Just as a special needs trust can provide for a dependent child - a pet trust for pets - this can provide for your financial administration if you can't.
You need to decide what care/ who/ and have the finances to pay for it and put it in trust.
I would not trust or burden any family member with this.
Their fees can be retainers until time of need (some do not charge until needed) and then a set amount to administer the financial aspects. They can see the care giving is done per terms of trust as long as you have provided funds to pay for or stipulated what you want in the event you are incapable.
I would rather do this than trust the court or family.
Helpful Answer (9)
Reply to desert192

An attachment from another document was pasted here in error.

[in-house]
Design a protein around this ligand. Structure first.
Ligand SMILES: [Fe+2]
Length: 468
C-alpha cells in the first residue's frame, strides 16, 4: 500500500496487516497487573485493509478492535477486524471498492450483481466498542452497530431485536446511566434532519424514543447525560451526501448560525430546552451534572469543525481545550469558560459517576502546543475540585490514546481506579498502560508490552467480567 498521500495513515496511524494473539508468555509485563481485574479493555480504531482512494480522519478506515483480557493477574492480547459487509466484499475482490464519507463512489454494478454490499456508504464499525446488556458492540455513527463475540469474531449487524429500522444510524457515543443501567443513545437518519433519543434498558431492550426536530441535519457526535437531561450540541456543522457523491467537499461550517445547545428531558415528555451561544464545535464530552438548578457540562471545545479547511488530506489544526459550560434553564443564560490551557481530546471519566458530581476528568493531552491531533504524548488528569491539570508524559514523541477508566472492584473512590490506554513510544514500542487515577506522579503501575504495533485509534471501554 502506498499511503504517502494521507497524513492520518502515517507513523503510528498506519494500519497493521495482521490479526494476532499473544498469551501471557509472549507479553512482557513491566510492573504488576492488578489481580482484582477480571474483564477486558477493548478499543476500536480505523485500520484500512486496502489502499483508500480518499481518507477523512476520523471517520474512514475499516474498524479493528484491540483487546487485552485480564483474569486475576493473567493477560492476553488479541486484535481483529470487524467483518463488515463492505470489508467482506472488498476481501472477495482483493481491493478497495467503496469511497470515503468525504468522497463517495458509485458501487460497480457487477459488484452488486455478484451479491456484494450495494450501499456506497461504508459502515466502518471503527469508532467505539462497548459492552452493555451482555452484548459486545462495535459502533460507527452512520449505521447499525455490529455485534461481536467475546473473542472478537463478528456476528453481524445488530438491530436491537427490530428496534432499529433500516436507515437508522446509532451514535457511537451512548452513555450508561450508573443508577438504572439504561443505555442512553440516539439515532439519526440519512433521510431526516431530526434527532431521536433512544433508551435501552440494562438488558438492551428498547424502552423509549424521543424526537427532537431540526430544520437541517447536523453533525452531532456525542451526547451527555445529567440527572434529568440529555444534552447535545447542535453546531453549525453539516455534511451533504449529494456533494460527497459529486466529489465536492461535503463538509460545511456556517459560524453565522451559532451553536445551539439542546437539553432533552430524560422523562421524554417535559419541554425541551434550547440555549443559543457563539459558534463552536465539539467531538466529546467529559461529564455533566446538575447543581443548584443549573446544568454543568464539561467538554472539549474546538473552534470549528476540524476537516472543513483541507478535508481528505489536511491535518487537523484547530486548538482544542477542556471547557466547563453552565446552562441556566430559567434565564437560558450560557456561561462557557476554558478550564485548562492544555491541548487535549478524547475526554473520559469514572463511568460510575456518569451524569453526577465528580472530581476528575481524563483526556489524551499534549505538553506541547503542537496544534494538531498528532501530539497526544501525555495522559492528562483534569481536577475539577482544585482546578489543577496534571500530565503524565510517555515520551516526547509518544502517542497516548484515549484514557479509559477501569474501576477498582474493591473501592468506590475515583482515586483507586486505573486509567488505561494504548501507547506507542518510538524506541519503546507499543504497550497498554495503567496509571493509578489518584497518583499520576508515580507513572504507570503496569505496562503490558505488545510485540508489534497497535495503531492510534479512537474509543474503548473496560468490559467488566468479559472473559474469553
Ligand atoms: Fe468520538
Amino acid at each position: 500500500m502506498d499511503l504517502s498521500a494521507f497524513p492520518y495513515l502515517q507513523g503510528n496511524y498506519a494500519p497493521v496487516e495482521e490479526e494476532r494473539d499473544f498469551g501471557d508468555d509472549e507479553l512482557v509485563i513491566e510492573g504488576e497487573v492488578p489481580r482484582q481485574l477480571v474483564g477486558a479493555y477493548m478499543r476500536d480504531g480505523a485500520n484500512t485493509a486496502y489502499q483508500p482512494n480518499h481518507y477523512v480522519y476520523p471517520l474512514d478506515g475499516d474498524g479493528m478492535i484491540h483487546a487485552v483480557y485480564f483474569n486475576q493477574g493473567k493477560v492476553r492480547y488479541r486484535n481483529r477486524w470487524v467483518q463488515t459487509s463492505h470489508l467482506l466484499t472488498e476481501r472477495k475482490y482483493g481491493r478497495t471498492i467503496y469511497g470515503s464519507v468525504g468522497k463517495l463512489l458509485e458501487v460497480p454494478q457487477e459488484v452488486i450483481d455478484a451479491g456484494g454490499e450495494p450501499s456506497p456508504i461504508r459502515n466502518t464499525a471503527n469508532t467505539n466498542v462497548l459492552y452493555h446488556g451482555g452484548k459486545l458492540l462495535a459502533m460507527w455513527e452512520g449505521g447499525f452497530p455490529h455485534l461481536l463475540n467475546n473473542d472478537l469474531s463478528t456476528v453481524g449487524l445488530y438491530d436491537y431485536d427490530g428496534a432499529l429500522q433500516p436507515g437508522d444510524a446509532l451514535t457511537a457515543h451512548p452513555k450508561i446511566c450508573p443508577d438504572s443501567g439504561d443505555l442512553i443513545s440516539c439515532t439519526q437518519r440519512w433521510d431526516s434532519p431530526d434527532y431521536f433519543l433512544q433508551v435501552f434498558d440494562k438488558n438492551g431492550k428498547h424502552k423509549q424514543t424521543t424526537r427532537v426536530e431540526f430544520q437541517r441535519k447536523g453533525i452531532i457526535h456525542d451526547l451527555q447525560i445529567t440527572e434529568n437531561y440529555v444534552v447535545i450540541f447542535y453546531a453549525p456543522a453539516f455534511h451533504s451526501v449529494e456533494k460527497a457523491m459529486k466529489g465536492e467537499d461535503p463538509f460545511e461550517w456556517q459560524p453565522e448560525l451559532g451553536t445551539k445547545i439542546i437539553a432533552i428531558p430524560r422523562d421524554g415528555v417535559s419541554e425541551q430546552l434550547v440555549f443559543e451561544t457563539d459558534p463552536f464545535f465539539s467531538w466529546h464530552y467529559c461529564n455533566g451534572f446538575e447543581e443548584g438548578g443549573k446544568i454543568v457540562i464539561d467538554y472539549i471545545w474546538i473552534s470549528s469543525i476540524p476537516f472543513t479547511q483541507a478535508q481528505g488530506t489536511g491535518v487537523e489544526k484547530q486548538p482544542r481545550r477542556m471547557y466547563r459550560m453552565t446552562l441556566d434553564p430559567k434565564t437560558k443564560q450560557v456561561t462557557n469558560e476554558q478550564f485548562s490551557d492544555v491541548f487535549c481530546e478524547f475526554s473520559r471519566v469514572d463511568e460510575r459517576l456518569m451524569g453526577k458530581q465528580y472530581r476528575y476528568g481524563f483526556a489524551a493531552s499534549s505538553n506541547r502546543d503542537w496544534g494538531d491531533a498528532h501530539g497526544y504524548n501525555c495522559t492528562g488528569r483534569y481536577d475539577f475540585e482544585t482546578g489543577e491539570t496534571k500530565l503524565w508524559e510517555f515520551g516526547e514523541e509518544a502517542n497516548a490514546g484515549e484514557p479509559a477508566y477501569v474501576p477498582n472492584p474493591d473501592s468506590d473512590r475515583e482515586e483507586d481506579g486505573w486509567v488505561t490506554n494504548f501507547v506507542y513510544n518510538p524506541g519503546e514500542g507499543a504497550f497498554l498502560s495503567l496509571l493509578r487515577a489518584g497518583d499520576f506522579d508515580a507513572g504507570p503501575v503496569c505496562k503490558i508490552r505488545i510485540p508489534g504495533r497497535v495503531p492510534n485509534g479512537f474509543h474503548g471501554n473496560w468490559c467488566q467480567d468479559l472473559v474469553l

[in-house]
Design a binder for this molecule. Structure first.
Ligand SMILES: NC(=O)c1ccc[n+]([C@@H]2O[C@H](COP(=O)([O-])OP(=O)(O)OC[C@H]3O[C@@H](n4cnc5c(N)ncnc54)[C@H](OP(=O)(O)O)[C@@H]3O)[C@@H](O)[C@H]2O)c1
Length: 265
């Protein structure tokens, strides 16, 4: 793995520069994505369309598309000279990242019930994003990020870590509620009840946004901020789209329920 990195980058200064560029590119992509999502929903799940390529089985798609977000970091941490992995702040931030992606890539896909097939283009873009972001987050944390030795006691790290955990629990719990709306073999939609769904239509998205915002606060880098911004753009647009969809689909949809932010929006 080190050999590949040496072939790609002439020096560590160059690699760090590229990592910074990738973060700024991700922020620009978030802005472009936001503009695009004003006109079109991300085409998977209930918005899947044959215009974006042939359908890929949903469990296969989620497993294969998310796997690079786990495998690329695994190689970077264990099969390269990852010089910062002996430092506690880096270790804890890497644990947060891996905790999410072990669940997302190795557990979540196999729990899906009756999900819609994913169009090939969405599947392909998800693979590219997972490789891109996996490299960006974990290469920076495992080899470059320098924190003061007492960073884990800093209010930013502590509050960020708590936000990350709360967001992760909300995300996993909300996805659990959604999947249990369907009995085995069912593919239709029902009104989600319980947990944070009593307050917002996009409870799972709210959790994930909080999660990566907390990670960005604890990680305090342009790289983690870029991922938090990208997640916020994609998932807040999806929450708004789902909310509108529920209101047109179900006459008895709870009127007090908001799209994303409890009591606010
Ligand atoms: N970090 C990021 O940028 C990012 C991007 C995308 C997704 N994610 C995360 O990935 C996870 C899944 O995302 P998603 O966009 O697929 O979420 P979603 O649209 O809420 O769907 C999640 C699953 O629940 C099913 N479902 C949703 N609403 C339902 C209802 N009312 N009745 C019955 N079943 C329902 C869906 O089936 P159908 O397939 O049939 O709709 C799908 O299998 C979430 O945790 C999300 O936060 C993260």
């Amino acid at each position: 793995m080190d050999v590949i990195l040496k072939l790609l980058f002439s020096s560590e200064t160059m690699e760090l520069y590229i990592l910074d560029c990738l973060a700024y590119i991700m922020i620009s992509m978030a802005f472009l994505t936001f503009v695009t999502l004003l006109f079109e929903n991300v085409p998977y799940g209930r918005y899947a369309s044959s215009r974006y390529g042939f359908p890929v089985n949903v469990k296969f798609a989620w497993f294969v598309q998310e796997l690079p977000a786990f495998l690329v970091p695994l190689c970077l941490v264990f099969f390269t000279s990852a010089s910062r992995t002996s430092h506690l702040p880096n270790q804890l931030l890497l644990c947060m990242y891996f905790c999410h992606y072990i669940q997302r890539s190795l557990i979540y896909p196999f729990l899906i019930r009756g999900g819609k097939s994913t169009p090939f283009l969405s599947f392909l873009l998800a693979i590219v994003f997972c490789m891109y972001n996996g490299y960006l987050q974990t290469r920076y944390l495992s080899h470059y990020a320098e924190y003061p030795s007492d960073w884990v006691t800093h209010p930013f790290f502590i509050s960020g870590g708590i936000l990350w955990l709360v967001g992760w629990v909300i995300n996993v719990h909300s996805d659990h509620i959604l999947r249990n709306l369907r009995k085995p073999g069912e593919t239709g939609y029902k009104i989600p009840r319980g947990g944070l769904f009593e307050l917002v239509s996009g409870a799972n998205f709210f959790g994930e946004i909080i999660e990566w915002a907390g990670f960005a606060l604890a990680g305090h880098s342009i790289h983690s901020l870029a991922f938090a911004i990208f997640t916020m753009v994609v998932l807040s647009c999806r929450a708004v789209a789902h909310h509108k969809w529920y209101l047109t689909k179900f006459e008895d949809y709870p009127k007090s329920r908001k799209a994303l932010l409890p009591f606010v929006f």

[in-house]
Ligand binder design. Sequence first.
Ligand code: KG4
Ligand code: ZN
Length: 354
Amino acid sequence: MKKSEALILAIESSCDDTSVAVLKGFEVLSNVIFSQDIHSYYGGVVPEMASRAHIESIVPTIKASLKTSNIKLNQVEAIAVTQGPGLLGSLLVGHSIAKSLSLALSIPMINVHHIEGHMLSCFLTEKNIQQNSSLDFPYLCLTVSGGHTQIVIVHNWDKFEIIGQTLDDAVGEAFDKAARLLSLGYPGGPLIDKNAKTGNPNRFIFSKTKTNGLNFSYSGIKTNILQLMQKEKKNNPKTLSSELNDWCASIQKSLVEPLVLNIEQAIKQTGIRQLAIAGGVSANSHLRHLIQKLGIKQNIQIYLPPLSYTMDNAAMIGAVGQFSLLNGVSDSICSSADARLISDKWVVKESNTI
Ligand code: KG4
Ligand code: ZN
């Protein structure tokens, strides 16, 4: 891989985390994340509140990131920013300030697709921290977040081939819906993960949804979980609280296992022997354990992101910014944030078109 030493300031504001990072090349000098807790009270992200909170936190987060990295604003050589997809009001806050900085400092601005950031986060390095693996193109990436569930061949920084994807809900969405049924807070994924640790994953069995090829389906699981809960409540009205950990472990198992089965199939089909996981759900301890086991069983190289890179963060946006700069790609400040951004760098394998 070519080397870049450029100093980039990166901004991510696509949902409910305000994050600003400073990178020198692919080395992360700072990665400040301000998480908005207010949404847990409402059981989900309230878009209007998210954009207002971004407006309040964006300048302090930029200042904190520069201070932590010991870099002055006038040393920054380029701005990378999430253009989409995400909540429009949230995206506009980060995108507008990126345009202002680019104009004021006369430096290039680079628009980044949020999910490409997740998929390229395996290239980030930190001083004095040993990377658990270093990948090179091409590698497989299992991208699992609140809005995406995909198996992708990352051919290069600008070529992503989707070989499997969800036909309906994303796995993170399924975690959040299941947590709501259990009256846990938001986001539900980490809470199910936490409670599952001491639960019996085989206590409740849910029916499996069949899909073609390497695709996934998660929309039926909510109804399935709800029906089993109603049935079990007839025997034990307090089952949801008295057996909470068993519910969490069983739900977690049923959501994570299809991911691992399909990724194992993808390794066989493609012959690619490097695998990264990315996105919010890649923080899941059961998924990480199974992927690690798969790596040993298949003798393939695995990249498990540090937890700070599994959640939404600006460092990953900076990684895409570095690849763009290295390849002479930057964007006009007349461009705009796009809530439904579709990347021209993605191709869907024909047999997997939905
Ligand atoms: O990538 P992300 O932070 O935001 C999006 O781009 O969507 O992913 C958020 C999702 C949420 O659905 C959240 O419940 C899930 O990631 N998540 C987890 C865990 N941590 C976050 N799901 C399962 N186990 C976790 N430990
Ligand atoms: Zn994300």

I have absolutely no living family and almost all friends are gone (I will be 88). Some years ago I had everything put into trust (that way no one - family, no one could interfere or see what I had or was doing, and no probate involved). I went through quite few "friends" who really were not friends to find someone. They are now "gone" due to lack of interest or ability or other reasons. It took me literally years to find two wonderful friends who are now my POA/Executrixes. I trust them completely. However, I went a step further. Every six months I review every single facet of my life and update every single record and make sure everything is l00% perfect and current. When I have legal questions, I ask an attorney for advice (often they give free consultations), I do all of my own very extensive research on the computer and phone (I am l00% with it and am able to do so). I work with banks, etc. to make sure accounts are set up properly so my wishes are what will happen. I have all kinds of documents for medical care and end of life wishes. In other words, I cover myself completely - with legal written documents. In your case, perhaps an eldercare attorney could administer your estate. Forget about your family an friends - look at it as business deal. Seek out professionals, interview them and you will find your answers. I did. You can too.